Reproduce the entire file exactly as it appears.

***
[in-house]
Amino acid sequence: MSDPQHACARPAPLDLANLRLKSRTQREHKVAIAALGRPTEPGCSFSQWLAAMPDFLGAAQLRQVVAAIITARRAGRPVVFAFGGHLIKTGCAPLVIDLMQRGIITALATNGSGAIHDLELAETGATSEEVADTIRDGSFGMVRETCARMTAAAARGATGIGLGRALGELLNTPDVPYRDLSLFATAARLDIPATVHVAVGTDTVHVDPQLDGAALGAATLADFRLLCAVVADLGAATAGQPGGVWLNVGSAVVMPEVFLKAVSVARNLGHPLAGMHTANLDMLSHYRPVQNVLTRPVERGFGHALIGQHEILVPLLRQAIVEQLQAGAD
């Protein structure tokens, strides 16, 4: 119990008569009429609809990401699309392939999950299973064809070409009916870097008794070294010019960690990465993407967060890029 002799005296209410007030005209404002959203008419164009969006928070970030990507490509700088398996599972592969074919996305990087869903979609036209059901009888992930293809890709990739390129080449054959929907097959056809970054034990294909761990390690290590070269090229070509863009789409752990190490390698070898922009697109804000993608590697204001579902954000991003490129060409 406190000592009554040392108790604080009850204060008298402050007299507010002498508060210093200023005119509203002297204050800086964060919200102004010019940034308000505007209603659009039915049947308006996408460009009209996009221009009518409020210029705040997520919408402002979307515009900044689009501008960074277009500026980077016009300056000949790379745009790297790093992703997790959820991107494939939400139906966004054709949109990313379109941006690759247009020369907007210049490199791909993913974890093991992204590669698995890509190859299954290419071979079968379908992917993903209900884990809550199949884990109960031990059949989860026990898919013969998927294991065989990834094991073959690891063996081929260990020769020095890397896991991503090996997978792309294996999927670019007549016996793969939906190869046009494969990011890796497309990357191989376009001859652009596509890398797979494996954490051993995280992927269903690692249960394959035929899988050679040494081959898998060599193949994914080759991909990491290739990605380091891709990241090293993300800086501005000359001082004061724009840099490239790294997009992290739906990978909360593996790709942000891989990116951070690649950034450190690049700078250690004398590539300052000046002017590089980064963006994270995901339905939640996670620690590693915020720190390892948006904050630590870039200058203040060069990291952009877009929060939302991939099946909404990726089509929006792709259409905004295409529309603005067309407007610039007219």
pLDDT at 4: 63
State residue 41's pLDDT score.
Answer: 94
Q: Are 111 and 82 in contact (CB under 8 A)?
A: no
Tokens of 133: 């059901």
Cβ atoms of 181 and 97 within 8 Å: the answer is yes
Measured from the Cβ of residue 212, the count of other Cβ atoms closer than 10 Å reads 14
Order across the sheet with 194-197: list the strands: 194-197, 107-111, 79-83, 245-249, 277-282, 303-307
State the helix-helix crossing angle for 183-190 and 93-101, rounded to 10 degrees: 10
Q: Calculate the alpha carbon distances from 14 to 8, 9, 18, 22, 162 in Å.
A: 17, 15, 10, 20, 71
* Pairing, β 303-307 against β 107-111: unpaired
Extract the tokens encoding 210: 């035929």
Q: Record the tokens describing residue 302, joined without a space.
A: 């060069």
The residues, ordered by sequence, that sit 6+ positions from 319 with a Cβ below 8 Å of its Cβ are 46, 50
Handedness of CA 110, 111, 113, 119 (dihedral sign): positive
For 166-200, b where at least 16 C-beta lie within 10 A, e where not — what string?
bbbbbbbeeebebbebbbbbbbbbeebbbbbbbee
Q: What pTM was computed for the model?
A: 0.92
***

[in-house]
Amino acid sequence: MSDPQHACARPAPLDLANLRLKSRTQREHKVAIAALGRPTEPGCSFSQWLAAMPDFLGAAQLRQVVAAIITARRAGRPVVFAFGGHLIKTGCAPLVIDLMQRGIITALATNGSGAIHDLELAETGATSEEVADTIRDGSFGMVRETCARMTAAAARGATGIGLGRALGELLNTPDVPYRDLSLFATAARLDIPATVHVAVGTDTVHVDPQLDGAALGAATLADFRLLCAVVADLGAATAGQPGGVWLNVGSAVVMPEVFLKAVSVARNLGHPLAGMHTANLDMLSHYRPVQNVLTRPVERGFGHALIGQHEILVPLLRQAIVEQLQAGAD
């Protein structure tokens, strides 16, 4: 119990008569009429609809990401699309392939999950299973064809070409009916870097008794070294010019960690990465993407967060890029 002799005296209410007030005209404002959203008419164009969006928070970030990507490509700088398996599972592969074919996305990087869903979609036209059901009888992930293809890709990739390129080449054959929907097959056809970054034990294909761990390690290590070269090229070509863009789409752990190490390698070898922009697109804000993608590697204001579902954000991003490129060409 406190000592009554040392108790604080009850204060008298402050007299507010002498508060210093200023005119509203002297204050800086964060919200102004010019940034308000505007209603659009039915049947308006996408460009009209996009221009009518409020210029705040997520919408402002979307515009900044689009501008960074277009500026980077016009300056000949790379745009790297790093992703997790959820991107494939939400139906966004054709949109990313379109941006690759247009020369907007210049490199791909993913974890093991992204590669698995890509190859299954290419071979079968379908992917993903209900884990809550199949884990109960031990059949989860026990898919013969998927294991065989990834094991073959690891063996081929260990020769020095890397896991991503090996997978792309294996999927670019007549016996793969939906190869046009494969990011890796497309990357191989376009001859652009596509890398797979494996954490051993995280992927269903690692249960394959035929899988050679040494081959898998060599193949994914080759991909990491290739990605380091891709990241090293993300800086501005000359001082004061724009840099490239790294997009992290739906990978909360593996790709942000891989990116951070690649950034450190690049700078250690004398590539300052000046002017590089980064963006994270995901339905939640996670620690590693915020720190390892948006904050630590870039200058203040060069990291952009877009929060939302991939099946909404990726089509929006792709259409905004295409529309603005067309407007610039007219």
pLDDT at 4: 63
State residue 41's pLDDT score.
Answer: 94
Q: Are 111 and 82 in contact (CB under 8 A)?
A: no
Tokens of 133: 């059901």
Cβ atoms of 181 and 97 within 8 Å: the answer is yes
Measured from the Cβ of residue 212, the count of other Cβ atoms closer than 10 Å reads 14
Order across the sheet with 194-197: list the strands: 194-197, 107-111, 79-83, 245-249, 277-282, 303-307
State the helix-helix crossing angle for 183-190 and 93-101, rounded to 10 degrees: 10
Q: Calculate the alpha carbon distances from 14 to 8, 9, 18, 22, 162 in Å.
A: 17, 15, 10, 20, 71
* Pairing, β 303-307 against β 107-111: unpaired
Extract the tokens encoding 210: 């035929």
Q: Record the tokens describing residue 302, joined without a space.
A: 């060069």
The residues, ordered by sequence, that sit 6+ positions from 319 with a Cβ below 8 Å of its Cβ are 46, 50
Handedness of CA 110, 111, 113, 119 (dihedral sign): positive
For 166-200, b where at least 16 C-beta lie within 10 A, e where not — what string?
bbbbbbbeeebebbebbbbbbbbbeebbbbbbbee
Q: What pTM was computed for the model?
A: 0.92